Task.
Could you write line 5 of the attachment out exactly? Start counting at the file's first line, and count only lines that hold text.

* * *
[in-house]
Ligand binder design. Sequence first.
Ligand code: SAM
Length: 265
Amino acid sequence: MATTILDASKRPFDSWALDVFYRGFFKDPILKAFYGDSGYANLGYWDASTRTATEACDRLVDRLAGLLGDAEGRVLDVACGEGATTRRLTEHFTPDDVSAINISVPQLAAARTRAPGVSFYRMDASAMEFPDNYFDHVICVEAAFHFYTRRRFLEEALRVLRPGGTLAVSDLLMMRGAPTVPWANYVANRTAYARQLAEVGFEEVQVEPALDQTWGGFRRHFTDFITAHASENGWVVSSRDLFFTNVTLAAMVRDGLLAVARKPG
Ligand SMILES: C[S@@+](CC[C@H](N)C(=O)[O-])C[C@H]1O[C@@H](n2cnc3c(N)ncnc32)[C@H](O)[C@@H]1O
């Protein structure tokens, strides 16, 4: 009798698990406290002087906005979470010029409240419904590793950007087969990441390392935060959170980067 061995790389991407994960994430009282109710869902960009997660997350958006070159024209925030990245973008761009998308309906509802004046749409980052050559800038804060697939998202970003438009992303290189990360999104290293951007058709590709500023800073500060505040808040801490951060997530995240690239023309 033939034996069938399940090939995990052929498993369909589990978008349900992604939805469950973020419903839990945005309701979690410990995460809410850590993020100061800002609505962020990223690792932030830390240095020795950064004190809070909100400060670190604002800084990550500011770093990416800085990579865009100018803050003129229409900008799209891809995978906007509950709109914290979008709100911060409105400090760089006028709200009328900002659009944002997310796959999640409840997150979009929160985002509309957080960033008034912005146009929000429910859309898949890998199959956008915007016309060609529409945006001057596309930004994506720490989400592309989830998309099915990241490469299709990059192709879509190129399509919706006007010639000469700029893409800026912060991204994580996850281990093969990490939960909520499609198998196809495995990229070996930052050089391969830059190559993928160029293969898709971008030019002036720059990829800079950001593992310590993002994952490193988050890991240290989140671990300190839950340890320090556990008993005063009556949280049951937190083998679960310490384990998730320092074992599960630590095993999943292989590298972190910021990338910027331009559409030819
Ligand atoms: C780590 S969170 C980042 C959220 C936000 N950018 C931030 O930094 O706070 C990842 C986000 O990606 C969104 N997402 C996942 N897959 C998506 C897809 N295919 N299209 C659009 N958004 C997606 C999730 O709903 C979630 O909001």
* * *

Amino acid sequence: MATTILDASKRPFDSWALDVFYRGFFKDPILKAFYGDSGYANLGYWDASTRTATEACDRLVDRLAGLLGDAEGRVLDVACGEGATTRRLTEHFTPDDVSAINISVPQLAAARTRAPGVSFYRMDASAMEFPDNYFDHVICVEAAFHFYTRRRFLEEALRVLRPGGTLAVSDLLMMRGAPTVPWANYVANRTAYARQLAEVGFEEVQVEPALDQTWGGFRRHFTDFITAHASENGWVVSSRDLFFTNVTLAAMVRDGLLAVARKPG